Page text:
Gordon's extensive repertoire provides a rich well to draw upon for his concerts, guaranteeing a unique experience everywhere he performs. He has never sung the same solo concert twice. Gordon has toured throughout the United States, Canada, the United Kingdom, New Zealand and Australia and has gathered many friends and fans throughout the world. He has performed with many other artists, and both toured and recorded with the trio Bok, Muir, and Trickett for 30 years, and with his wife, harpist and singer Carol Rohl.
At home in Maine he helped start two choruses, both still thriving after many years, and has been an encouraging force behind other singers in their efforts to record their own music and launch their own musical careers.
For most of his life Gordon has been a woodworker, having grown up with the local shipyard as his playground and place of learning. While not a boat builder, he has built a few small boats and repaired and maintained several larger ones. He has designed and built tools and articles of furniture to his needs, as well as the odd house, shelter, and barn.
Wood sculpture is a natural extension of his woodworking. His bas-relief carvings celebrate the people, boats, and fisheries he grew up with around the coast of Maine. Gordon has the ability to capture a way of life or to define a rare momen with an intimacy that is immediately engaging.
Sometimes his art takes the form of poetry, and often the words find their way into a song. Sometimes there are no words, just deft fingers coaxing the story out of the guitar strings. Sometimes this intimacy is carefully carved into a slab of wood. Gordon has been a woodcarver for over thirty years; it is just another way to preserve the ideas and culture that are expressed in his songs.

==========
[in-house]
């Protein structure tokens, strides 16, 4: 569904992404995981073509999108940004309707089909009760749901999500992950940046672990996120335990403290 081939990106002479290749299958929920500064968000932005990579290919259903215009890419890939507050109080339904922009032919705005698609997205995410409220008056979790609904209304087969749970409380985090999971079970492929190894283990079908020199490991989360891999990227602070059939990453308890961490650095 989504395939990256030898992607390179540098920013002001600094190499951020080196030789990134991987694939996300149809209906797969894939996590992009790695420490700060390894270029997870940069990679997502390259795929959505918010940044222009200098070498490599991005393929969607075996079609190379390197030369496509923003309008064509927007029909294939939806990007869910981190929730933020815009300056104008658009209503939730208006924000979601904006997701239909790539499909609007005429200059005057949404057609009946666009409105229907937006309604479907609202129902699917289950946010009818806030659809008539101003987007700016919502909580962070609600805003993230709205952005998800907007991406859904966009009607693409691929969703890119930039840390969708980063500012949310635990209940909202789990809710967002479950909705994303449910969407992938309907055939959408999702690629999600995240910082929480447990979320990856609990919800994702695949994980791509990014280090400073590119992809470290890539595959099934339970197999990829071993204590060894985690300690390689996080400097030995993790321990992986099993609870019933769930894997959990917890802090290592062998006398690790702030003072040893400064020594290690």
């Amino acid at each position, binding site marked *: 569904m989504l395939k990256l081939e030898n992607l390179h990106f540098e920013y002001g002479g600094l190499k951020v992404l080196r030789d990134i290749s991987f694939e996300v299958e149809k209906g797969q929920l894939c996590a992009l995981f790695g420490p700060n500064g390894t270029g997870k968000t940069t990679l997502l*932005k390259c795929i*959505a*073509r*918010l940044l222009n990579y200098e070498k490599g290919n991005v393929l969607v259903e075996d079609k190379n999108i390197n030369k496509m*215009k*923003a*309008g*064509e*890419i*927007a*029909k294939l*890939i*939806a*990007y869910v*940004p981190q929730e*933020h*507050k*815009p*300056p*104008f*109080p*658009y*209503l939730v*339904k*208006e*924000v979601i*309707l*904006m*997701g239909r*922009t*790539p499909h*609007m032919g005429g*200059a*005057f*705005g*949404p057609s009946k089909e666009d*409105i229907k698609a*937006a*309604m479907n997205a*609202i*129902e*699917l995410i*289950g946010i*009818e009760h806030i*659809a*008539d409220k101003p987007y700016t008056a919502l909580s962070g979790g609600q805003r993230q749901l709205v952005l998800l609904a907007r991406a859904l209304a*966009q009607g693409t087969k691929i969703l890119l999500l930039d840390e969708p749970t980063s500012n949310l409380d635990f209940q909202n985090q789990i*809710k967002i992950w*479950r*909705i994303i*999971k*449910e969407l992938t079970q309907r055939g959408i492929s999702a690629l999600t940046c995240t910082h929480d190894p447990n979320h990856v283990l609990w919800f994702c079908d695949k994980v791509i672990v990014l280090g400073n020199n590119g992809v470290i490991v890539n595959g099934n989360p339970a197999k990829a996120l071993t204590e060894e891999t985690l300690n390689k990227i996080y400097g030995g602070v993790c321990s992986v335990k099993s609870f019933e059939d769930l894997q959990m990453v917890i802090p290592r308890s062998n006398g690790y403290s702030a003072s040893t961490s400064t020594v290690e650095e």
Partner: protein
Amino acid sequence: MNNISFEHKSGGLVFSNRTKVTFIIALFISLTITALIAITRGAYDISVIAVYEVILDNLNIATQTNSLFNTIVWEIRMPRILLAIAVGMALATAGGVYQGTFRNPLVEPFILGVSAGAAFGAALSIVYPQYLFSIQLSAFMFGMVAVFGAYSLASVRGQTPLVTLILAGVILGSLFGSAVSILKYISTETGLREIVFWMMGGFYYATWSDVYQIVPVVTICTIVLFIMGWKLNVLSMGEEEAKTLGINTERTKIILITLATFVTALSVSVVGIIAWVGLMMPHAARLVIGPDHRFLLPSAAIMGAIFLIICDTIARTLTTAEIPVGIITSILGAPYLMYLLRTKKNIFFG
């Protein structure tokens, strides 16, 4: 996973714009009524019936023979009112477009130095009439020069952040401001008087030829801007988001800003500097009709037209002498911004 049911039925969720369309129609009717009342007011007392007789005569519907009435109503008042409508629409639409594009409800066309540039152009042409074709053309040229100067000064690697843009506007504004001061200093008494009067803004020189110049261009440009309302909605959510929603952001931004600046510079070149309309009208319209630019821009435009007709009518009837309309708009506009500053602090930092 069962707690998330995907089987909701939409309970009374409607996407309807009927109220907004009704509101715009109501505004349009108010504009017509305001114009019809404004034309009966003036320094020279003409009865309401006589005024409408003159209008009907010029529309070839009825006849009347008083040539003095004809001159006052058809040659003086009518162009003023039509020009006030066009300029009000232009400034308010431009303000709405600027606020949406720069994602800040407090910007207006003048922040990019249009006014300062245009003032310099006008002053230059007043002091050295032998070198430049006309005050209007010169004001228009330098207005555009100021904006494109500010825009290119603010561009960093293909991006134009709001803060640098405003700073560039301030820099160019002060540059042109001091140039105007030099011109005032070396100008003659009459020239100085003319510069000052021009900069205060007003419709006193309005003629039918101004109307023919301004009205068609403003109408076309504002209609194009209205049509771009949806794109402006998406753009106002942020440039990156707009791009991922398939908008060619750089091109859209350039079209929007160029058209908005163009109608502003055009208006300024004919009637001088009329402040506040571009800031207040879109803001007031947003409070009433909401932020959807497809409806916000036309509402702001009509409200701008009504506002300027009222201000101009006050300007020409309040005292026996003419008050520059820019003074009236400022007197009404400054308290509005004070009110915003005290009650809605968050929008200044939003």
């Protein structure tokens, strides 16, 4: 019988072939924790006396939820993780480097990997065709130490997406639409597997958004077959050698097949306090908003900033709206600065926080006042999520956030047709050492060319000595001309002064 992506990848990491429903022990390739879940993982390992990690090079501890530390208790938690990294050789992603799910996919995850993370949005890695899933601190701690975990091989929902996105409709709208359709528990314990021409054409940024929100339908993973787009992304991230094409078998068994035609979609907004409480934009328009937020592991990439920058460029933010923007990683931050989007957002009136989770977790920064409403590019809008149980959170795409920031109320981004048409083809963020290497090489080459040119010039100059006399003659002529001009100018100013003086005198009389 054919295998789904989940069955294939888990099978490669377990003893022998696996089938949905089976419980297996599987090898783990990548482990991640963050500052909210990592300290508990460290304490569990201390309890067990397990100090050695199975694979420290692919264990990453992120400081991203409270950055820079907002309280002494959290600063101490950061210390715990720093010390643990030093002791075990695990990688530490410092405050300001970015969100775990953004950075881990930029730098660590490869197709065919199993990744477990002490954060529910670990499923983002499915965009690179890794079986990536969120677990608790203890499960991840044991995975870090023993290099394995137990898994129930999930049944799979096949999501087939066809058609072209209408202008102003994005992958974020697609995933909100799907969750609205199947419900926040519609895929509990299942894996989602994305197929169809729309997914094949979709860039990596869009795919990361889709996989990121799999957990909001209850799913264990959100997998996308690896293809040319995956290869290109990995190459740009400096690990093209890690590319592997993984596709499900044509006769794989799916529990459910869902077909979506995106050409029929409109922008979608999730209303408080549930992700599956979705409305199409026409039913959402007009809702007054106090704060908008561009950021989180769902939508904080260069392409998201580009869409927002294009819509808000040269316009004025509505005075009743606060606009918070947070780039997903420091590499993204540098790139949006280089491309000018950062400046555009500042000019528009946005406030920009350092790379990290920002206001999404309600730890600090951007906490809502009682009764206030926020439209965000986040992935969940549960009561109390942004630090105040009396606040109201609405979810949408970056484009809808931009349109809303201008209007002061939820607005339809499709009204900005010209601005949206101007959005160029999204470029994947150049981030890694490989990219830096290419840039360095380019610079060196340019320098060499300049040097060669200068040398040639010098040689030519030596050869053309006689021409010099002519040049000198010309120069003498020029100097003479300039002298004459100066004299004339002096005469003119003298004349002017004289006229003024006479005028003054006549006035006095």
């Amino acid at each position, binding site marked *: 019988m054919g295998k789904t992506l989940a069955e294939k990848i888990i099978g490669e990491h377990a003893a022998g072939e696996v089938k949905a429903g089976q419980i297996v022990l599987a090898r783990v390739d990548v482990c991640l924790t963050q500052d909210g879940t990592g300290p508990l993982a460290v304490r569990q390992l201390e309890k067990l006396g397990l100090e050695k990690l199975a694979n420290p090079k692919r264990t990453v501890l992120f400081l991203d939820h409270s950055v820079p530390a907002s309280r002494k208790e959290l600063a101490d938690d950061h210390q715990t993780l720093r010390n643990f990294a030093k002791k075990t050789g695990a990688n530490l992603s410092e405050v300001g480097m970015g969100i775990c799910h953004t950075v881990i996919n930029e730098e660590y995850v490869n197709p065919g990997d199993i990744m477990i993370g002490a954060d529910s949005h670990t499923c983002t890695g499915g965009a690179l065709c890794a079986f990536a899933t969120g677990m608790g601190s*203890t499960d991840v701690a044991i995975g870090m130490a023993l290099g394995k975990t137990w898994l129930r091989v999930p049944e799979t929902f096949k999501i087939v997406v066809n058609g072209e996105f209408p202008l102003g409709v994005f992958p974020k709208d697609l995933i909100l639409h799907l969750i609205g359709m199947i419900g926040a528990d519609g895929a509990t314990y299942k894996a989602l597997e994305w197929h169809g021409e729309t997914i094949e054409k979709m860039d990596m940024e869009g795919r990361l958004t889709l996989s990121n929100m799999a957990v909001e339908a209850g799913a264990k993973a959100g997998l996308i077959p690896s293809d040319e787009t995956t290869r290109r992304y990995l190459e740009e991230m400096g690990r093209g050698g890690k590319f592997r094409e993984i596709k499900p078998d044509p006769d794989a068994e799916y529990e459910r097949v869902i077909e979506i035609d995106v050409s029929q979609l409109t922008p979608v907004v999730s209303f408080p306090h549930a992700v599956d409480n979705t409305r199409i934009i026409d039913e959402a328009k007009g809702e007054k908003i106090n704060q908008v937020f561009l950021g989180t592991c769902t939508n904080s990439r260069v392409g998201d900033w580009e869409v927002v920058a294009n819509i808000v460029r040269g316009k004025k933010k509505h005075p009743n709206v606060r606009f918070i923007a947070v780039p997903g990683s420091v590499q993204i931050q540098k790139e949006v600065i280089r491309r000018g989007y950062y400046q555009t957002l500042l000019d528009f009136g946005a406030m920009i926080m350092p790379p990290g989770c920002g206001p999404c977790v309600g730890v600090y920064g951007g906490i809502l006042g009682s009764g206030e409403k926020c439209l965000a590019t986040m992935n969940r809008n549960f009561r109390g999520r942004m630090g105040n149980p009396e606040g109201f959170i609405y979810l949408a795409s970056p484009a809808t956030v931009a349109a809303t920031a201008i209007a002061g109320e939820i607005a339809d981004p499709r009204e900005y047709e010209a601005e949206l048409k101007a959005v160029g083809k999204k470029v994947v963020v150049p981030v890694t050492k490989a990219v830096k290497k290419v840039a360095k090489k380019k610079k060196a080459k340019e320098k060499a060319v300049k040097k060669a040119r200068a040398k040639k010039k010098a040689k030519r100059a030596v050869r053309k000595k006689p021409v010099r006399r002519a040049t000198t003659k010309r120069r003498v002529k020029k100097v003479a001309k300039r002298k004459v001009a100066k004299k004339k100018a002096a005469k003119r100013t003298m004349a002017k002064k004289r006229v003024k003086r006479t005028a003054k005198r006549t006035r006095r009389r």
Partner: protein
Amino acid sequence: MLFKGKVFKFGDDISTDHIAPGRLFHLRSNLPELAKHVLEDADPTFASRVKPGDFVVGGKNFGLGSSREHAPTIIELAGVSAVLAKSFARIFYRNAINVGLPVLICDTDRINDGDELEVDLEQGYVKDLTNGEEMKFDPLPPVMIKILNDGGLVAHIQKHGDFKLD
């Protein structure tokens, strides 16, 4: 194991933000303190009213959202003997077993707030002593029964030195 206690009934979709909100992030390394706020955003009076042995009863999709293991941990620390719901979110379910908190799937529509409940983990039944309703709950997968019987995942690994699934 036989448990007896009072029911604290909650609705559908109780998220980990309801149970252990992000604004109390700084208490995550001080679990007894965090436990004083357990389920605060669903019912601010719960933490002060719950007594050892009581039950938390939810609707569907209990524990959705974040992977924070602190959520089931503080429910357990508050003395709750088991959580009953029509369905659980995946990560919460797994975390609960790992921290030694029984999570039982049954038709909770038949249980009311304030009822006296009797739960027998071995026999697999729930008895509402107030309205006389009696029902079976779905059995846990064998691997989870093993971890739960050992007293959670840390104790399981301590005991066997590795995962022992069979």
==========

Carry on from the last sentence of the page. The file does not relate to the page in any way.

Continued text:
He calls himself a 'rememberer': a keeper of songs and stories, a keeper of our traditions, our ways of thinking, that set us apart from others yet confirm our pace in the flow of humanity.
When asked about the focus of his work he has said "I try to keep hope alive in myself and others. I write to keep myself on track, to find out what I need to do in the world. Some of my larger and more difficult works have turned out to be blueprints that, when I trusted them, have guided my life.
"I refuse to tell my audiences what to think or feel: I respect them too much for that. I will sing them what I honor and trust them to sort out what they can use.
"I'm drawn to songs that show me how others have lived their lives and sorted through their problems -- that's the great wisdom in traditional music, and in the songs that will become the tradition in other generations. They've shown me how to live, and if others learn something from my passing them on, that's another pleasure."
In recent years, Gordon has made an effort to do less touring, preferring to stay closer to home where he can develop his sculpture, writing, and recording, and work with his choruses, his wife Carol, and other local musicians. In the summer months he limits his concerts and art shows to the state of Maine, and spends much of his time among the bays and islands on a small ketch he has refurbished over the years.
*cell-amba: a Viola da Gamba rig on a 'cello body. This was once a common conversion.